The Nikkei closed 19 percent higher this quarter, extending the 17 percent increase in the last three months of 2012. That’s the best two-quarter performance since December 1972, when the measure rose 37 percent.
The Standard & Poor’s 500 Index climbed 0.4 percent to a record yesterday after a report showed the U.S. economy grew at a faster pace than previously estimated in the fourth quarter and as Cyprus averted panic withdrawals as banks opened for the first time in almost two weeks. The Stoxx Europe 600 Index climbed 0.5 percent, posting a 5 percent quarterly gain.
In Italy, President Giorgio Napolitano took charge of the search for the next prime minister after Pier Luigi Bersani was unable to assemble a majority in the divided parliament.
“The worst-case scenario has been avoided in Cyprus, but we think the risks to the euro remain to the downside, due to the negative implications for the banking sector, political uncertainty in Italy and a sluggish growth outlook,” Barclays Plc strategists led by Yuki Sakasai wrote in an e-mailed note to clients yesterday.
French data today showed that producer prices increased 1.9 percent in February from a year earlier, compared with the median estimate of 1 percent in a Bloomberg News survey of analysts and followed a revised 2 percent increase in January.
In the U.S., the Commerce Department reported consumer spending increased 0.7 percent in February, the most in five months. Other data showed confidence among American consumers unexpectedly increased in March from the prior month.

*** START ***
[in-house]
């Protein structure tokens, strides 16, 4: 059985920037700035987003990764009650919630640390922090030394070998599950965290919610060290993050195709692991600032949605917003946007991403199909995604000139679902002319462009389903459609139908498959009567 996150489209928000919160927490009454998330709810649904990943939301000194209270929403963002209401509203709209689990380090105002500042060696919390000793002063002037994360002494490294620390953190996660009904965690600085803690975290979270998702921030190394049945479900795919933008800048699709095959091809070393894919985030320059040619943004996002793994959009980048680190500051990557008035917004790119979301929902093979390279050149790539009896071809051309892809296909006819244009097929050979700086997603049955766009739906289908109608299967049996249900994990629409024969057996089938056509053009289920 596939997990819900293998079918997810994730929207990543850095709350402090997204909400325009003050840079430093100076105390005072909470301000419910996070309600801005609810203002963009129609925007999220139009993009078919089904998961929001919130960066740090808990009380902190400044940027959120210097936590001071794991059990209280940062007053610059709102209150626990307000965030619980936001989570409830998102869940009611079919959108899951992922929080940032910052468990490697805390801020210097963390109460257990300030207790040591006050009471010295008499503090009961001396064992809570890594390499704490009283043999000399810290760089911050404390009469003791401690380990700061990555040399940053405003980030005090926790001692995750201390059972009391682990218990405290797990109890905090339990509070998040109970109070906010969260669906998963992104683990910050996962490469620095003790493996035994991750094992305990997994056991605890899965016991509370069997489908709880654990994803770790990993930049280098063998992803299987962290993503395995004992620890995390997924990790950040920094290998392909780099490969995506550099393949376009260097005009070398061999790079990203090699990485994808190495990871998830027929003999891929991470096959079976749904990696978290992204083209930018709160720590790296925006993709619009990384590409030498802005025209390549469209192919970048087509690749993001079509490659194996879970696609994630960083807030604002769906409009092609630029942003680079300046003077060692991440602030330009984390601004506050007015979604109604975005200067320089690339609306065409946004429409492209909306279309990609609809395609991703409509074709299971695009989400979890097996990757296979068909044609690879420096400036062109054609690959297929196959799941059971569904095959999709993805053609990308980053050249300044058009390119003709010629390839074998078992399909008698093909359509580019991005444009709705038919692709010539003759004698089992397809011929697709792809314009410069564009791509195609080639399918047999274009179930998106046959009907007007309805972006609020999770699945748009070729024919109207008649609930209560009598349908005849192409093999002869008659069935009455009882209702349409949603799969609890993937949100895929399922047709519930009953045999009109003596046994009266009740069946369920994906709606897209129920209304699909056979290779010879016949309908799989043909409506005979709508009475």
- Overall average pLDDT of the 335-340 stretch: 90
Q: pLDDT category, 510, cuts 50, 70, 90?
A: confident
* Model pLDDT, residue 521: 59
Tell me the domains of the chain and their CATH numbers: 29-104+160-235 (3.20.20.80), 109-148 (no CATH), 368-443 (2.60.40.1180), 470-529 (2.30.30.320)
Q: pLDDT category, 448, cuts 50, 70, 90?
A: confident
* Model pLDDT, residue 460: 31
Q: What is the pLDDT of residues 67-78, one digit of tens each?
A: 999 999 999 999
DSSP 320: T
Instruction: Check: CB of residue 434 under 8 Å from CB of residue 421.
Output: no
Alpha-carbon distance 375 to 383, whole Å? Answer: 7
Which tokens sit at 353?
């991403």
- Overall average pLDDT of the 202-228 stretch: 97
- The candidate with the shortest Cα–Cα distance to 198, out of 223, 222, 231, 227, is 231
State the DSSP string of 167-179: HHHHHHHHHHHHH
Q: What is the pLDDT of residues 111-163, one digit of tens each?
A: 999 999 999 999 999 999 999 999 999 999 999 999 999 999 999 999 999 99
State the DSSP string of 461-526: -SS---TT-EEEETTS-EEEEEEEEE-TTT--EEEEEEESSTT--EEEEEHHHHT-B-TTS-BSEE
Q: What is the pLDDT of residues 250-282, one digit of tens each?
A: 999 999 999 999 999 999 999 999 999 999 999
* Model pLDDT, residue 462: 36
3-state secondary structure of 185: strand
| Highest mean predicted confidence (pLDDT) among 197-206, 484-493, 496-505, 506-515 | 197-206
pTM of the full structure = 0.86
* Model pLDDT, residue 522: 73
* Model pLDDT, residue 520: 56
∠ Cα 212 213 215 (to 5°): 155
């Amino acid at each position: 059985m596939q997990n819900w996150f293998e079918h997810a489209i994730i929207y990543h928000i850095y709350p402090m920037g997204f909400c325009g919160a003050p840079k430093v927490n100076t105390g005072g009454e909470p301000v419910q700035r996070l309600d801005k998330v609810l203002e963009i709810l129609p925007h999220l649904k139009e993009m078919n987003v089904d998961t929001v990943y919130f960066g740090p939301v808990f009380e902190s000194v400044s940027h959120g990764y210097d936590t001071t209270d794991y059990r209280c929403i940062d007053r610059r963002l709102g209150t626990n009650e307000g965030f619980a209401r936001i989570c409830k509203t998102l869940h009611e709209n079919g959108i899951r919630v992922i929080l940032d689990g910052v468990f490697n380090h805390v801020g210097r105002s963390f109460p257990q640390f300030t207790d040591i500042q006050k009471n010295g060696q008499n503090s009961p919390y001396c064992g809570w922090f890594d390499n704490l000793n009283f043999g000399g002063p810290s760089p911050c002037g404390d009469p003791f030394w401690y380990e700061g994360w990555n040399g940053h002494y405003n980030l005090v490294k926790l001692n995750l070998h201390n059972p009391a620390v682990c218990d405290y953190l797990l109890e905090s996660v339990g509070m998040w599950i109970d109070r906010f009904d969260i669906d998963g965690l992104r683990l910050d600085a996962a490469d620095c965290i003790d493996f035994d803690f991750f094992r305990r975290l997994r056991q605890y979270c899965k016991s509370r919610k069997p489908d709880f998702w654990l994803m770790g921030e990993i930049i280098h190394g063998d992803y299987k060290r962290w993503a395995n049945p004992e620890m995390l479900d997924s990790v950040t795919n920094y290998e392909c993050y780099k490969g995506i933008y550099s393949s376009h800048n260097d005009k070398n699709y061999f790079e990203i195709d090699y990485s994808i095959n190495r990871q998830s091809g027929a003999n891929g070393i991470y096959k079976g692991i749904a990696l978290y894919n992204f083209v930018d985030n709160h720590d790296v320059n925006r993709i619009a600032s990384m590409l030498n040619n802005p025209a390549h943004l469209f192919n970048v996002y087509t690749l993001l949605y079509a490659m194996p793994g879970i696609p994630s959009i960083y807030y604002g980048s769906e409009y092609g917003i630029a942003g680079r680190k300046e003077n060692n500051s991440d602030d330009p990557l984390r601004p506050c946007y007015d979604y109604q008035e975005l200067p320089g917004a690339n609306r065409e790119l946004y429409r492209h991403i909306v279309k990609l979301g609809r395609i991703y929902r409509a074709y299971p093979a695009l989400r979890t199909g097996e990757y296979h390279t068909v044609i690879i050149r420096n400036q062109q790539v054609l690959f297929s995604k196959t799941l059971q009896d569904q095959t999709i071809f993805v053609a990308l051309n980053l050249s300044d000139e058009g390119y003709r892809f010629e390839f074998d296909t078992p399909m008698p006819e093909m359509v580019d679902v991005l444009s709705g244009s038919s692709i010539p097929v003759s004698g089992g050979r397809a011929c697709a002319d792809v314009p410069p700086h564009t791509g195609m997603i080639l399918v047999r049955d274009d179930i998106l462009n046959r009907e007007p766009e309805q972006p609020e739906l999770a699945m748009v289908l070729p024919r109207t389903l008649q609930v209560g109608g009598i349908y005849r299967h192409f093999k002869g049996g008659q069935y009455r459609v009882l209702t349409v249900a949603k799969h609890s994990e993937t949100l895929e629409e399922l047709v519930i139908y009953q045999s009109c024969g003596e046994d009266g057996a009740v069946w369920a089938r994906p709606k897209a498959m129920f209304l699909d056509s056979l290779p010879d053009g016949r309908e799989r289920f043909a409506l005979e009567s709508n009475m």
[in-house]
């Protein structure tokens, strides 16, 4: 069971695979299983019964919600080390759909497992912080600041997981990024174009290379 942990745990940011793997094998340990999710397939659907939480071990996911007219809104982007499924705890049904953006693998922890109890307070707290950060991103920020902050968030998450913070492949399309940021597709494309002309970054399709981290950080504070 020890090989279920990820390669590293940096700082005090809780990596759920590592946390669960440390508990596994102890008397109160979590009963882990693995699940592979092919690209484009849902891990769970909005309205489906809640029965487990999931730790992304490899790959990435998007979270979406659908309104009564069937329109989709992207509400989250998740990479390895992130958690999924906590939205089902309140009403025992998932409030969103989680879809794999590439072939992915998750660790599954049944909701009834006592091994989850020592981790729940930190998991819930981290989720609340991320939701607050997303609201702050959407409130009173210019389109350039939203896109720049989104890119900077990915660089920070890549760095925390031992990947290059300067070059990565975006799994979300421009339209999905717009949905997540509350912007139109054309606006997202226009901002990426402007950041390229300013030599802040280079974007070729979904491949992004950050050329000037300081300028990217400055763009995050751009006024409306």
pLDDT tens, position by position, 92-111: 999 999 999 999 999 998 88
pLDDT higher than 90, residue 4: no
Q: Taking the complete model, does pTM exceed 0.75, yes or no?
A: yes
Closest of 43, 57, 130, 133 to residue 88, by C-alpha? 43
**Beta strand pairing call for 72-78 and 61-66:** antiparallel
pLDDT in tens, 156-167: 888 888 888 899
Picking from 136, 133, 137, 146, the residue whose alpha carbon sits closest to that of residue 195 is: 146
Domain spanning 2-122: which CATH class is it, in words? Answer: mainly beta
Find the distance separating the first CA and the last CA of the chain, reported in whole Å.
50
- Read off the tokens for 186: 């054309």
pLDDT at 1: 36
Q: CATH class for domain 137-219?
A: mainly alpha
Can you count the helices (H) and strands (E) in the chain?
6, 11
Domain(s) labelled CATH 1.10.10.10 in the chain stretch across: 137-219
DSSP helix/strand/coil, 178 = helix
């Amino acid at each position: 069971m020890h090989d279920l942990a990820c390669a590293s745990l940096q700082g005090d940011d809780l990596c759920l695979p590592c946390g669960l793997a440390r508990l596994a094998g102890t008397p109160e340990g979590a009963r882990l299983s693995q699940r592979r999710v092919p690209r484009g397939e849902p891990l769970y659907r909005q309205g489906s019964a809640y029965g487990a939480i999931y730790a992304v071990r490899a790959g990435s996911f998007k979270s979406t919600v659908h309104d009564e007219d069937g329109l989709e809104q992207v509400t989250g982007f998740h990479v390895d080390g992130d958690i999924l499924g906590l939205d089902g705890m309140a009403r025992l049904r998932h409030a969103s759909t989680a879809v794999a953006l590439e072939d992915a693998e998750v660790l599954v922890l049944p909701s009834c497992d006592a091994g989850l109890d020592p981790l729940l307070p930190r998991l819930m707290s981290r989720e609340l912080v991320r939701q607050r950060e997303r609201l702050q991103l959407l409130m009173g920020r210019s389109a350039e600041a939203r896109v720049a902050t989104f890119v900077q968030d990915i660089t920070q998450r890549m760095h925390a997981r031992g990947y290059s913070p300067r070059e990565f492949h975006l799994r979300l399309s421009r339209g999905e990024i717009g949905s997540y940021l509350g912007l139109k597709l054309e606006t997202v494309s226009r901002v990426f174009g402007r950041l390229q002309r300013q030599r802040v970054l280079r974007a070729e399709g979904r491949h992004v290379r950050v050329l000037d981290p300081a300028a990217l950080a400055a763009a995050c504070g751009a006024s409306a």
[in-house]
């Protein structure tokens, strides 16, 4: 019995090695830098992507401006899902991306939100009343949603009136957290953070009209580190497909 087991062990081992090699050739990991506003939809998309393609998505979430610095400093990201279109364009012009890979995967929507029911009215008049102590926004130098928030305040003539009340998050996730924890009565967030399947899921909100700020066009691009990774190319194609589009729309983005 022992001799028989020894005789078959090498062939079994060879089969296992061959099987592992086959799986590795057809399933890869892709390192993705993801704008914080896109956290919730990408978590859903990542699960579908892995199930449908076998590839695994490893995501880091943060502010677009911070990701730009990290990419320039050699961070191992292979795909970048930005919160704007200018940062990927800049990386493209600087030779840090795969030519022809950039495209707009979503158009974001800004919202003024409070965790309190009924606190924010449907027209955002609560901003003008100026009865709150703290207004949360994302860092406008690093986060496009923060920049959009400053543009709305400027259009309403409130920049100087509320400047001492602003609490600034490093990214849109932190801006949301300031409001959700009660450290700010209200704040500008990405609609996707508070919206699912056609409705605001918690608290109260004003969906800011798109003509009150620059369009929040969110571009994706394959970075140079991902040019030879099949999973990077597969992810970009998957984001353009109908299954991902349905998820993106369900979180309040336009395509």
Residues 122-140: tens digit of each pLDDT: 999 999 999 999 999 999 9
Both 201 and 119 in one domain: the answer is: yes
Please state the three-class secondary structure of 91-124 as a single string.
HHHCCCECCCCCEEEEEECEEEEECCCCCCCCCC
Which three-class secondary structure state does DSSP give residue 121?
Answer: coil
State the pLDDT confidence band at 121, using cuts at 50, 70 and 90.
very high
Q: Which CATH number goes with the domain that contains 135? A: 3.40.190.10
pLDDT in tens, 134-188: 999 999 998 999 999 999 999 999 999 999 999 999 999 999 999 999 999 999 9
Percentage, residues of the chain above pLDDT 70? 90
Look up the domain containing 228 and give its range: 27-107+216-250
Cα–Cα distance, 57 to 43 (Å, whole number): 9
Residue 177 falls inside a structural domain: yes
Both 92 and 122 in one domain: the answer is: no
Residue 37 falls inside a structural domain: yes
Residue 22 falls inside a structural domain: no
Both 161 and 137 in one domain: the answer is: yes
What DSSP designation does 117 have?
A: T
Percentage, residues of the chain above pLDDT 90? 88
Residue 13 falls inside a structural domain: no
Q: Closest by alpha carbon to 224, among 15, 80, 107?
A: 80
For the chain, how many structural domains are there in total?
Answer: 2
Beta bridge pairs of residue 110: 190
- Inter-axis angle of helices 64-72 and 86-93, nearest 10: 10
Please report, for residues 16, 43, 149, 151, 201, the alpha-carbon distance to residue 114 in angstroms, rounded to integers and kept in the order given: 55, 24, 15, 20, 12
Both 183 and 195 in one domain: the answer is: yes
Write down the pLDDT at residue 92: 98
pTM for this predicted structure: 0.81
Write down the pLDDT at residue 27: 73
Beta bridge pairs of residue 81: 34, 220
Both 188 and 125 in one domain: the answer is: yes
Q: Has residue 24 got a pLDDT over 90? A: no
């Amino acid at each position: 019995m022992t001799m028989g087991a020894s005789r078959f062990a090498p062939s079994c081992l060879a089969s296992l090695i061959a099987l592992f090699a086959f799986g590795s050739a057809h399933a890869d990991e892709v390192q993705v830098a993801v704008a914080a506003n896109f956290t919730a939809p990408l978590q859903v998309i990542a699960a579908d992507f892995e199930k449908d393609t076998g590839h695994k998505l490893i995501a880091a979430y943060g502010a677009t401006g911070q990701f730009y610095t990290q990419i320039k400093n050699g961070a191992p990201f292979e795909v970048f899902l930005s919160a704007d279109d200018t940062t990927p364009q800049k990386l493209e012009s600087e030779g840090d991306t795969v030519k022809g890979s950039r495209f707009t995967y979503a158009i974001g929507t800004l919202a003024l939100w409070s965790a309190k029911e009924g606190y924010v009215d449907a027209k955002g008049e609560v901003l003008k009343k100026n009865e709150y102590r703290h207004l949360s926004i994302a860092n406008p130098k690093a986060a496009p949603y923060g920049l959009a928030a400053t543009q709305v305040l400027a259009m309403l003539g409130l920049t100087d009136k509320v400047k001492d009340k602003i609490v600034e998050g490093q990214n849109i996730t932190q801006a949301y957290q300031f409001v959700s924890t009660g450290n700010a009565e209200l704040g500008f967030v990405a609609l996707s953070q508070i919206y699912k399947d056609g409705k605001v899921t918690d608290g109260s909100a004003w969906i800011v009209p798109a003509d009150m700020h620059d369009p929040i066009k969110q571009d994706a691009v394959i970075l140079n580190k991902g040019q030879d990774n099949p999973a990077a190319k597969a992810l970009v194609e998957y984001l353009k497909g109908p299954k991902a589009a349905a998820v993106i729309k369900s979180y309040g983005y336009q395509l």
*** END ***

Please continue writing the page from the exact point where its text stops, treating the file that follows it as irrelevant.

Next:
More than two shares fell on the Topix for every one that gained. The index rallied 43 percent from Nov. 14, when elections were announced that brought Abe to power on a platform of increased stimulus and central bank easing.
The MSCI Asia Pacific Index rose 4.8 percent this quarter. The Shanghai Composite Index (SHCOMP) slid 1.4 percent in the past three months and was little changed today after earlier rising as much as 0.5 percent.
Malaysia’s ringgit strengthened 0.7 percent this week and 0.2 percent today to 3.0900 per dollar. It was the best five-day performance since the period ended Jan. 11.
The yuan touched a 19-year high, extending its gains for the quarter after the central bank raised the reference rate to the strongest level in more than 10 months. The People’s Bank of China increased the daily fixing by 0.08 percent to 6.2689 per dollar, the highest since May 2, 2012.
The Istanbul Stock Exchange National 100 Index rose 0.8 percent, extending this quarter’s advance to 9.8 percent, after a report showed Turkey’s trade deficit was less than economists estimated. S&P raised the country’s debt rating to BB+, one step below investment grade, on March 27.
The Micex Index of stocks added 0.3 percent today, leaving the gauge 2.5 percent lower this year. Shares slumped in the first quarter on concern Cyprus’s debt crisis may wipe out as much as $60 billion in Russian deposits and loans.
Gold for immediate delivery was little changed at $1,598.80 an ounce. Prices have lost 4.6 percent this quarter, following a 5.5 percent slump in the three months through December, the first back-to-back losses since 2001.